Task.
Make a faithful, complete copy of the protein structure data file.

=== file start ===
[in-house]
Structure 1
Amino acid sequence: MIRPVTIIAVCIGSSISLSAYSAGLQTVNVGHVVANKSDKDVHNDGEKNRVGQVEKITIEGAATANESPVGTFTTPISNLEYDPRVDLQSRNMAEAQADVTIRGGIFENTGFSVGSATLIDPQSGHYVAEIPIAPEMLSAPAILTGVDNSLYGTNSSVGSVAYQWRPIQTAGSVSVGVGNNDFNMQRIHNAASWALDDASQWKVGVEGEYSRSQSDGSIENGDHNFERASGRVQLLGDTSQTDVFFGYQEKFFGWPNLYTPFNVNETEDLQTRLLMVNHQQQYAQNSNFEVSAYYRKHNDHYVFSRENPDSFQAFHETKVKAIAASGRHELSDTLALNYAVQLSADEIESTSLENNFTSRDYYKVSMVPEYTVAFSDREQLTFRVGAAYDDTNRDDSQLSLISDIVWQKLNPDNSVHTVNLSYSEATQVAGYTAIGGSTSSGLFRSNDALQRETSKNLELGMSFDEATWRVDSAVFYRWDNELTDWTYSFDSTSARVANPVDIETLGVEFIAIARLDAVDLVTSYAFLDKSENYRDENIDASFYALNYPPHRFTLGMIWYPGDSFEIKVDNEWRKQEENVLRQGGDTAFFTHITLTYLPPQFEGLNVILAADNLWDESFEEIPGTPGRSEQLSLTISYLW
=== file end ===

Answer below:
[in-house]
Structure 1
Amino acid sequence: MIRPVTIIAVCIGSSISLSAYSAGLQTVNVGHVVANKSDKDVHNDGEKNRVGQVEKITIEGAATANESPVGTFTTPISNLEYDPRVDLQSRNMAEAQADVTIRGGIFENTGFSVGSATLIDPQSGHYVAEIPIAPEMLSAPAILTGVDNSLYGTNSSVGSVAYQWRPIQTAGSVSVGVGNNDFNMQRIHNAASWALDDASQWKVGVEGEYSRSQSDGSIENGDHNFERASGRVQLLGDTSQTDVFFGYQEKFFGWPNLYTPFNVNETEDLQTRLLMVNHQQQYAQNSNFEVSAYYRKHNDHYVFSRENPDSFQAFHETKVKAIAASGRHELSDTLALNYAVQLSADEIESTSLENNFTSRDYYKVSMVPEYTVAFSDREQLTFRVGAAYDDTNRDDSQLSLISDIVWQKLNPDNSVHTVNLSYSEATQVAGYTAIGGSTSSGLFRSNDALQRETSKNLELGMSFDEATWRVDSAVFYRWDNELTDWTYSFDSTSARVANPVDIETLGVEFIAIARLDAVDLVTSYAFLDKSENYRDENIDASFYALNYPPHRFTLGMIWYPGDSFEIKVDNEWRKQEENVLRQGGDTAFFTHITLTYLPPQFEGLNVILAADNLWDESFEEIPGTPGRSEQLSLTISYLW